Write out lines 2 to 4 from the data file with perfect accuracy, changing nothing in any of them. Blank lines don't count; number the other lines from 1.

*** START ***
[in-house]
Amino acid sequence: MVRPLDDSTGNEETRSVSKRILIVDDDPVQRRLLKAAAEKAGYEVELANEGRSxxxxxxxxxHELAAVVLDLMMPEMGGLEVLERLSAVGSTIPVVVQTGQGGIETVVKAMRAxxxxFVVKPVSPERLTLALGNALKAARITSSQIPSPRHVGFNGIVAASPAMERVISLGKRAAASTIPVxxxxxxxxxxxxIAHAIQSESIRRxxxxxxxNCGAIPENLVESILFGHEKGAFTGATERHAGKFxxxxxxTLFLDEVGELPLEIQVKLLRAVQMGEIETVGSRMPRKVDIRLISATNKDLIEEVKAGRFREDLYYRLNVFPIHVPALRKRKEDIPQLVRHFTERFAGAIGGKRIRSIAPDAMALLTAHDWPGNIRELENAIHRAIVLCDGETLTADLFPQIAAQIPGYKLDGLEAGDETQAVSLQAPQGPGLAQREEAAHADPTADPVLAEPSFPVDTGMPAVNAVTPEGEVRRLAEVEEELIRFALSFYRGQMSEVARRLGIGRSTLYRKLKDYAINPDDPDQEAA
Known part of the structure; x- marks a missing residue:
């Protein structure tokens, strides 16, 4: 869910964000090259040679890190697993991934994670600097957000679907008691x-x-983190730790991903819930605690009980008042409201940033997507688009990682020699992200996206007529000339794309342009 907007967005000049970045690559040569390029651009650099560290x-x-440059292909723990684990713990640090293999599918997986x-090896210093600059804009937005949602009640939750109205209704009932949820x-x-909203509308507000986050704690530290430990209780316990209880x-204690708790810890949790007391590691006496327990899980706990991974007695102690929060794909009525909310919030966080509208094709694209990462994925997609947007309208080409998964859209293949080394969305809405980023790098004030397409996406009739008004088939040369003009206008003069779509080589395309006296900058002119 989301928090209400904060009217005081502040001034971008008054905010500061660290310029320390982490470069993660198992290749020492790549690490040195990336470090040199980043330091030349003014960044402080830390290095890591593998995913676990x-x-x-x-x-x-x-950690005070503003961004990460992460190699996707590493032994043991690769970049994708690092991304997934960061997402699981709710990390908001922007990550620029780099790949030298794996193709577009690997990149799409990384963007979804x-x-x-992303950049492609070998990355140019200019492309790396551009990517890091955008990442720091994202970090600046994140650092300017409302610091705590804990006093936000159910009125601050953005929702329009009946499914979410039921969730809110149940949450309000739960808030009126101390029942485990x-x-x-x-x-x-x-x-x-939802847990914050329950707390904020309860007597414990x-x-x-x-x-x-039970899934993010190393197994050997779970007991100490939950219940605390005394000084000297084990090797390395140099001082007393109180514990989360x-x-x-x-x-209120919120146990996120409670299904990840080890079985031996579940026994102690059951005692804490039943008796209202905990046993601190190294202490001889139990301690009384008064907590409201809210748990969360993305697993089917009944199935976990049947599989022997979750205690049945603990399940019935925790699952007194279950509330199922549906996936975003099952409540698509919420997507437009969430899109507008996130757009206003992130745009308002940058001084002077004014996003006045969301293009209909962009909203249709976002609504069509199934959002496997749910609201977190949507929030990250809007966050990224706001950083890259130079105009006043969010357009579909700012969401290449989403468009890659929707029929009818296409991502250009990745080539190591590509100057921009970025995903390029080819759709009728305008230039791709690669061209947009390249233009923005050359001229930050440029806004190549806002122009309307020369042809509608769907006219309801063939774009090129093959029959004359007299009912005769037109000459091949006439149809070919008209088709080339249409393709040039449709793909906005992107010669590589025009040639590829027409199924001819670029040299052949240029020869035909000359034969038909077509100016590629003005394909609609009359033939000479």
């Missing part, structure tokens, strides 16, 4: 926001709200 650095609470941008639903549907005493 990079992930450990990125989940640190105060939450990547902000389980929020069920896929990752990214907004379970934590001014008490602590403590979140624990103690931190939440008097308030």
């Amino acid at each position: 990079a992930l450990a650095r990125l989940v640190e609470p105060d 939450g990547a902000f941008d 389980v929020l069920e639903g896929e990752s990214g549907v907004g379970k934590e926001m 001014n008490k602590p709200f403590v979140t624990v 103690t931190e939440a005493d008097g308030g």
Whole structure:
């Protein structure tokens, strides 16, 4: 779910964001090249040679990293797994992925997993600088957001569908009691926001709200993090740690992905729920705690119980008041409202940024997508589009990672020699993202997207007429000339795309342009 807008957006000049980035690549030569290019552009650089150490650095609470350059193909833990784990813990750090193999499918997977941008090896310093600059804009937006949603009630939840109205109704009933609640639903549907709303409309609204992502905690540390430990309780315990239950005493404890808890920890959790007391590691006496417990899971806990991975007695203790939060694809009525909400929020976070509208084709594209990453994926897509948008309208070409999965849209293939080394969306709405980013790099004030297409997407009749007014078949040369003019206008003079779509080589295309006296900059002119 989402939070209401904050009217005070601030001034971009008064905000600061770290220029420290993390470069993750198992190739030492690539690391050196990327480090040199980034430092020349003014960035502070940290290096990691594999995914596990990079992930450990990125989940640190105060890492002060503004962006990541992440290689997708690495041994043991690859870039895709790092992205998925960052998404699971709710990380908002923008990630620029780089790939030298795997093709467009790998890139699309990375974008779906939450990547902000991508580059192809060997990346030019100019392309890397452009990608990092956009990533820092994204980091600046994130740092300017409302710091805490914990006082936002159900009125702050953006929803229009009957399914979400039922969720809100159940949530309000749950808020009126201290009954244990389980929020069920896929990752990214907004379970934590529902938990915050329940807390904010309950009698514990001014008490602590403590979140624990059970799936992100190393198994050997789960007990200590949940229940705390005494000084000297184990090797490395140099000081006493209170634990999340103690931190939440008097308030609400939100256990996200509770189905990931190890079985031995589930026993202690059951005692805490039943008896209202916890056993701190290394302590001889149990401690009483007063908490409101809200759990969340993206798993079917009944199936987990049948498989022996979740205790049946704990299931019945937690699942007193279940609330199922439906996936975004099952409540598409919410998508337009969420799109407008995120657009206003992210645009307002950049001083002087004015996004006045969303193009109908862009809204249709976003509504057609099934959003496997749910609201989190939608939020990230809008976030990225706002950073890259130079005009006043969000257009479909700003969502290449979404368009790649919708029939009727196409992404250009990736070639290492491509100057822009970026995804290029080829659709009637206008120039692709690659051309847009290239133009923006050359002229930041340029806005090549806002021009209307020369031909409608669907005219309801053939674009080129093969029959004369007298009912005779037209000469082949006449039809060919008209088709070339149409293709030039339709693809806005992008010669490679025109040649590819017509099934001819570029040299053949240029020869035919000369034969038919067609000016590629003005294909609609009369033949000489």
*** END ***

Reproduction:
Amino acid sequence: MVRPLDDSTGNEETRSVSKRILIVDDDPVQRRLLKAAAEKAGYEVELANEGRSxxxxxxxxxHELAAVVLDLMMPEMGGLEVLERLSAVGSTIPVVVQTGQGGIETVVKAMRAxxxxFVVKPVSPERLTLALGNALKAARITSSQIPSPRHVGFNGIVAASPAMERVISLGKRAAASTIPVxxxxxxxxxxxxIAHAIQSESIRRxxxxxxxNCGAIPENLVESILFGHEKGAFTGATERHAGKFxxxxxxTLFLDEVGELPLEIQVKLLRAVQMGEIETVGSRMPRKVDIRLISATNKDLIEEVKAGRFREDLYYRLNVFPIHVPALRKRKEDIPQLVRHFTERFAGAIGGKRIRSIAPDAMALLTAHDWPGNIRELENAIHRAIVLCDGETLTADLFPQIAAQIPGYKLDGLEAGDETQAVSLQAPQGPGLAQREEAAHADPTADPVLAEPSFPVDTGMPAVNAVTPEGEVRRLAEVEEELIRFALSFYRGQMSEVARRLGIGRSTLYRKLKDYAINPDDPDQEAA
Known part of the structure; x- marks a missing residue:
């Protein structure tokens, strides 16, 4: 869910964000090259040679890190697993991934994670600097957000679907008691x-x-983190730790991903819930605690009980008042409201940033997507688009990682020699992200996206007529000339794309342009 907007967005000049970045690559040569390029651009650099560290x-x-440059292909723990684990713990640090293999599918997986x-090896210093600059804009937005949602009640939750109205209704009932949820x-x-909203509308507000986050704690530290430990209780316990209880x-204690708790810890949790007391590691006496327990899980706990991974007695102690929060794909009525909310919030966080509208094709694209990462994925997609947007309208080409998964859209293949080394969305809405980023790098004030397409996406009739008004088939040369003009206008003069779509080589395309006296900058002119 989301928090209400904060009217005081502040001034971008008054905010500061660290310029320390982490470069993660198992290749020492790549690490040195990336470090040199980043330091030349003014960044402080830390290095890591593998995913676990x-x-x-x-x-x-x-950690005070503003961004990460992460190699996707590493032994043991690769970049994708690092991304997934960061997402699981709710990390908001922007990550620029780099790949030298794996193709577009690997990149799409990384963007979804x-x-x-992303950049492609070998990355140019200019492309790396551009990517890091955008990442720091994202970090600046994140650092300017409302610091705590804990006093936000159910009125601050953005929702329009009946499914979410039921969730809110149940949450309000739960808030009126101390029942485990x-x-x-x-x-x-x-x-x-939802847990914050329950707390904020309860007597414990x-x-x-x-x-x-039970899934993010190393197994050997779970007991100490939950219940605390005394000084000297084990090797390395140099001082007393109180514990989360x-x-x-x-x-209120919120146990996120409670299904990840080890079985031996579940026994102690059951005692804490039943008796209202905990046993601190190294202490001889139990301690009384008064907590409201809210748990969360993305697993089917009944199935976990049947599989022997979750205690049945603990399940019935925790699952007194279950509330199922549906996936975003099952409540698509919420997507437009969430899109507008996130757009206003992130745009308002940058001084002077004014996003006045969301293009209909962009909203249709976002609504069509199934959002496997749910609201977190949507929030990250809007966050990224706001950083890259130079105009006043969010357009579909700012969401290449989403468009890659929707029929009818296409991502250009990745080539190591590509100057921009970025995903390029080819759709009728305008230039791709690669061209947009390249233009923005050359001229930050440029806004190549806002122009309307020369042809509608769907006219309801063939774009090129093959029959004359007299009912005769037109000459091949006439149809070919008209088709080339249409393709040039449709793909906005992107010669590589025009040639590829027409199924001819670029040299052949240029020869035909000359034969038909077509100016590629003005394909609609009359033939000479």